What actually happened was that I became disoriented in the white-out conditions and endless snowdrifts. I took a wrong turn onto the frozen sea ice of the far northern Pacific, made a panicked 180-degree turn, and then came within a few feet of running over the leading dog team with the snowmobile.
Which brings me to Google Maps. I don't think it's a coincidence that since it has become possible to navigate almost anywhere via Maps on my Android phone, I haven't suffered from another case of frostbite like I did that night in Nome. (This snowbound picture of me, by the way, was not snapped that fateful night; though, it is from that same winter in Alaska).
Ten years later, I looked up the Iditarod Trail route on Google Maps and Google Earth. If I had been able to access such a tool on my phone that night in Nome, I would have known that part of the trail runs along the edge of the Bering Sea, and I wouldn't have freaked out and taken off in the direction of the only light in my field of vision -- which happened to be attached to the head of musher Robert Sorlie. (His dogs, running in front of his sled, were not wearing lights -- hence, they nearly ended up under my snowmobile skis.)
While it's true that I was much younger -- and more stupid -- 10 years ago, I'd like to think that if Google Maps had been around back then that I would have taken one look at the route and turned my attention to Yelping about Nome's surprising abundance of fine pizza establishments instead.
Regardless, my travels are now more well-informed and, therefore, safer, which is why my whole family is very thankful for Google Maps.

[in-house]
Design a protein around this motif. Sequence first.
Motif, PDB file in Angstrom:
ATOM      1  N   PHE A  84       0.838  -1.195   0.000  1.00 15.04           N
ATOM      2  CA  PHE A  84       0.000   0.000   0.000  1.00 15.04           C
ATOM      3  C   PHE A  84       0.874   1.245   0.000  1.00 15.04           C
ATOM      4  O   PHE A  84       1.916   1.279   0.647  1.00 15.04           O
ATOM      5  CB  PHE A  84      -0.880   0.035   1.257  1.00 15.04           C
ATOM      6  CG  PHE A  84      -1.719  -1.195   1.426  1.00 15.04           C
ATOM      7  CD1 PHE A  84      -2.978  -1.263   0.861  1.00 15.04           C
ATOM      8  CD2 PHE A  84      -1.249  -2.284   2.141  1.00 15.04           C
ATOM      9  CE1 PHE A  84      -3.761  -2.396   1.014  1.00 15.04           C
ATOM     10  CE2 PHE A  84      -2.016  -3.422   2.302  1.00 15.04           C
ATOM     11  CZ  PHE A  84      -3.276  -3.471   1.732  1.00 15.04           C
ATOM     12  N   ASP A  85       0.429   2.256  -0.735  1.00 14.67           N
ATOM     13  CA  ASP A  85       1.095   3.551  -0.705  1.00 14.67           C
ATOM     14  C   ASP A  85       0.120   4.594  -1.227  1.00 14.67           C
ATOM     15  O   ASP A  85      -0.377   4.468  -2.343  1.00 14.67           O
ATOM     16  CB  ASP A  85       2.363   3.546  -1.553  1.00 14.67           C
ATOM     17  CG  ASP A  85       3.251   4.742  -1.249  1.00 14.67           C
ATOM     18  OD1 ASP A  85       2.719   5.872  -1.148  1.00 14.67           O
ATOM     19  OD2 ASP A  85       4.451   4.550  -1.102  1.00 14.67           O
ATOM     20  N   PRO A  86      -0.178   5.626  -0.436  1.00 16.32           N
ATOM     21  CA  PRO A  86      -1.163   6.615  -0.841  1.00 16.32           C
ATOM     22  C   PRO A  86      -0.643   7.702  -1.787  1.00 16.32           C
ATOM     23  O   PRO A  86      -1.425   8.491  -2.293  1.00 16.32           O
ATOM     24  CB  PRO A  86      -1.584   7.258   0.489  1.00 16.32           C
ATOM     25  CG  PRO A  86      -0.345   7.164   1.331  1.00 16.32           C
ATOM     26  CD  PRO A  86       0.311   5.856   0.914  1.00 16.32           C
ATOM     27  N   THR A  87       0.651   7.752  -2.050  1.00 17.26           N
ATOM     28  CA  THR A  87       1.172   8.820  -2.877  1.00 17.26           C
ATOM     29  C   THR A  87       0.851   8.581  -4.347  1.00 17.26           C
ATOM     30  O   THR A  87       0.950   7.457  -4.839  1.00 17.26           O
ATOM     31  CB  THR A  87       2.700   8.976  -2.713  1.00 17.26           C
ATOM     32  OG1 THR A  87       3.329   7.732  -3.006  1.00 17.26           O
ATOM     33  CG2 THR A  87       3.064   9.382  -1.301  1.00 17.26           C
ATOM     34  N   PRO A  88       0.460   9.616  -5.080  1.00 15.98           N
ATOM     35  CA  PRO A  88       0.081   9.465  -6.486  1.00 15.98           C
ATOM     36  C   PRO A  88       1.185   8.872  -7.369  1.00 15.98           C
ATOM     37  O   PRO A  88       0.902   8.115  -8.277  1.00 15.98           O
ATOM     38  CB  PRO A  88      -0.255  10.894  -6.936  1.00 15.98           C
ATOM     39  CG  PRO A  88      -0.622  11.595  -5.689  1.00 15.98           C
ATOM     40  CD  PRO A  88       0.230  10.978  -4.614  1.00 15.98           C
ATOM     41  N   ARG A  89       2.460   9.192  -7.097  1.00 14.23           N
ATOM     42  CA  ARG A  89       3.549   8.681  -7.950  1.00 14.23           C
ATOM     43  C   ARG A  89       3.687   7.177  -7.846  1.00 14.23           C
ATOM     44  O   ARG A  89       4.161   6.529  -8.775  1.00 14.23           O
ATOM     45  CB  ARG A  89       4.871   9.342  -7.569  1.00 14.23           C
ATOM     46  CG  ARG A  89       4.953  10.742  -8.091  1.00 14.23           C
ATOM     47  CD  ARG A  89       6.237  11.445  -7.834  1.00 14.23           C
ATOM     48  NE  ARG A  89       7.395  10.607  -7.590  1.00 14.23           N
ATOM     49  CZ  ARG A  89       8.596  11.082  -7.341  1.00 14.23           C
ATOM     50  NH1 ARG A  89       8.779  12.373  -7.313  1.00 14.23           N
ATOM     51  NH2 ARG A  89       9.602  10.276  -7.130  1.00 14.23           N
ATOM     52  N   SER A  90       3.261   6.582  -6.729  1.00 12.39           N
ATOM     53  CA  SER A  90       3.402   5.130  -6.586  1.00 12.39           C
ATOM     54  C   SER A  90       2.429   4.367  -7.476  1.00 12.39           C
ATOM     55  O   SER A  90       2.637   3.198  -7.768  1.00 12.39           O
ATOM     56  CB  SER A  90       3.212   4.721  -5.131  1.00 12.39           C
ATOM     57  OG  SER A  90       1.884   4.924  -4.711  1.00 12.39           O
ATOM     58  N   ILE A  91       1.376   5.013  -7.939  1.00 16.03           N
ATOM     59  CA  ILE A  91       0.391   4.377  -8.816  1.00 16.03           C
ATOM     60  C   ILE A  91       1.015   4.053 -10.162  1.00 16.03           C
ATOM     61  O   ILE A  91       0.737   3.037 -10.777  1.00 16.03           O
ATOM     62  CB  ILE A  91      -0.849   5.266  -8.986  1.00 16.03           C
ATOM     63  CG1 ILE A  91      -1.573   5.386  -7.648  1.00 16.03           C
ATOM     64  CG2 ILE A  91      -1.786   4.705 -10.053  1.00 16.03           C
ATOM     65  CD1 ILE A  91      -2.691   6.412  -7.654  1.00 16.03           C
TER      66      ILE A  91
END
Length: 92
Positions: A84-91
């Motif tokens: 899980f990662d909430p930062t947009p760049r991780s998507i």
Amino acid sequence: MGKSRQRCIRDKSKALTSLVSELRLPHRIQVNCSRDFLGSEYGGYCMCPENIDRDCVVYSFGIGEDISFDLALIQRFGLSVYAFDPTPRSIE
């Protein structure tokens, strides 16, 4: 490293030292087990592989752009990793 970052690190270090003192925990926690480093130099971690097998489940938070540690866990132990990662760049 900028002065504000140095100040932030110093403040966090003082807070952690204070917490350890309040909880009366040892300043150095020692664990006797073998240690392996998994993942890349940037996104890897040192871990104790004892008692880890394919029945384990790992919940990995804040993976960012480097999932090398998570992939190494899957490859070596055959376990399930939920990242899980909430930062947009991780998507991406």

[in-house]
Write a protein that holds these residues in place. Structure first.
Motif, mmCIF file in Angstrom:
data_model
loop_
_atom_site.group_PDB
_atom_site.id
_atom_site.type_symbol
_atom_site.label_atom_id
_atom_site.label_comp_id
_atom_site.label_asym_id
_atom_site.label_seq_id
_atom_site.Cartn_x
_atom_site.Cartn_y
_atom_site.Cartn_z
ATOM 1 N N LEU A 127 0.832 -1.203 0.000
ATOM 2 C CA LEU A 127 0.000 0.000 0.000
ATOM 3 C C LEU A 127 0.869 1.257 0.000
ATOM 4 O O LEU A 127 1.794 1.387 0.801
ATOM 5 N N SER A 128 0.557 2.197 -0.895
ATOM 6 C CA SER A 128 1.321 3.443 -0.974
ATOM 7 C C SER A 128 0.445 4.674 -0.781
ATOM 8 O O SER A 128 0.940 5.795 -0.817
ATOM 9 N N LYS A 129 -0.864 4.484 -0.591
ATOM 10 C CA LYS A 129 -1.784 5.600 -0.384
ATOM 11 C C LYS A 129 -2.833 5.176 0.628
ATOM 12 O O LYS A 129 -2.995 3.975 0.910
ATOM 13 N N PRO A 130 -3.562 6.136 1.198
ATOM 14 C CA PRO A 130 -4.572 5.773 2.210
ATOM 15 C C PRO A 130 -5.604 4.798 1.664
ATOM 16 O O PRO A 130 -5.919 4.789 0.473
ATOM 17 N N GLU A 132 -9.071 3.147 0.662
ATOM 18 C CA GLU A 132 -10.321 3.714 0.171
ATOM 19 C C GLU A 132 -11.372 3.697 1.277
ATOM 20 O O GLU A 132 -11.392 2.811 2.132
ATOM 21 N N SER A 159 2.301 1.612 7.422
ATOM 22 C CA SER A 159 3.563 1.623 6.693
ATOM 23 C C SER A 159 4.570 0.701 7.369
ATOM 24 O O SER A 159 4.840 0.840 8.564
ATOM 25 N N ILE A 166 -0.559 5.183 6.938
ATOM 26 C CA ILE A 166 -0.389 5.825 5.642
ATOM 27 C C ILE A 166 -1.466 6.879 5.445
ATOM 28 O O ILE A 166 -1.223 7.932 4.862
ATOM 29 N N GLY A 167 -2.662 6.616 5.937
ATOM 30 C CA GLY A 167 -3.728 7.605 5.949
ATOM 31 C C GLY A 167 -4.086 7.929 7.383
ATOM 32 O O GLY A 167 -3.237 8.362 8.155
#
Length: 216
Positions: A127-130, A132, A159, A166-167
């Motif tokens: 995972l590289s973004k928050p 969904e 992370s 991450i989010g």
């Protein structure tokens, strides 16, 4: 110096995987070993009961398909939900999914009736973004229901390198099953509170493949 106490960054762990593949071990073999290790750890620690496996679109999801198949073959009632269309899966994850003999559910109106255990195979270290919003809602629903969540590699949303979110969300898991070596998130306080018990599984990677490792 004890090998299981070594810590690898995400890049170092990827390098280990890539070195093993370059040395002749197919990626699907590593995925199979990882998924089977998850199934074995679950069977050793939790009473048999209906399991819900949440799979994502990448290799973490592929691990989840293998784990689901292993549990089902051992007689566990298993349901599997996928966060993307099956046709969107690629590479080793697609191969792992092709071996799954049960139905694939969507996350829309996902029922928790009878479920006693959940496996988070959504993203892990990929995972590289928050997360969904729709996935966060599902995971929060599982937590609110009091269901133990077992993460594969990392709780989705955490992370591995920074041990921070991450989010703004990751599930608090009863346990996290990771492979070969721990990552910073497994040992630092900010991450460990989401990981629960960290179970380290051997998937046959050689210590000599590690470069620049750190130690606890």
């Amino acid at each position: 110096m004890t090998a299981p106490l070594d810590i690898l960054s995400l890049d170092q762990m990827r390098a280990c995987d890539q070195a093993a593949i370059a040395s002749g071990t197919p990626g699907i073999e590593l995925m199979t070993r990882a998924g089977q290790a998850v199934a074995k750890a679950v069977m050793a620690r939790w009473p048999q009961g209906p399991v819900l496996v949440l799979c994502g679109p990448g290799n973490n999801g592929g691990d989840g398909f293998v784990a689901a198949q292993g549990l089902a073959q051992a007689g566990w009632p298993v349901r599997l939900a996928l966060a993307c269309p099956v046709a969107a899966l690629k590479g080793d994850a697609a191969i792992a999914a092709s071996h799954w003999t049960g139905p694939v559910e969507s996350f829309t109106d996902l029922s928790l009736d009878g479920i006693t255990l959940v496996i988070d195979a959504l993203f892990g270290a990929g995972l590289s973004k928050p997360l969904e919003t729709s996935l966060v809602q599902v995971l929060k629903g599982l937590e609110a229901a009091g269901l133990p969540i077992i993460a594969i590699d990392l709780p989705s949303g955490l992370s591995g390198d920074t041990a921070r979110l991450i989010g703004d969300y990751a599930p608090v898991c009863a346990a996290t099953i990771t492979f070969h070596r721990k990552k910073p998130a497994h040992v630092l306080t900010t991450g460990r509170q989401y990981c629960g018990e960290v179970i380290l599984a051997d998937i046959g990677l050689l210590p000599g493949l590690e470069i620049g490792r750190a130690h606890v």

Back in the 20th century when I was a kid, "Facebook" could've been a perfectly good description of me at any given time. I was constantly reading. At school, at home, in the car, on vacations, by the pool -- I had not only a book in hand, but in my face as well. I even tried to read in the car at night by the light of the cars behind us, but my dad would keep telling me to put my book down because I was blocking his view.
What little upper-body strength I had as a kid was due solely to carrying around huge stacks of books at the library. I read fast, see, so I needed backups lest I find myself without something to read. I always wished there was a way to have a whole bunch of books with me without them taking up so much room.
I only had to wait 30 years.
When I got my first Nook, I marveled that I was finally able to keep plenty of reading material with me. Of course, actually doing any reading depended on the available light, and it was kind of a drag that I couldn't read books with pictures (not so much the Dr. Seuss kind, but books about vintage video games or vintage advertising).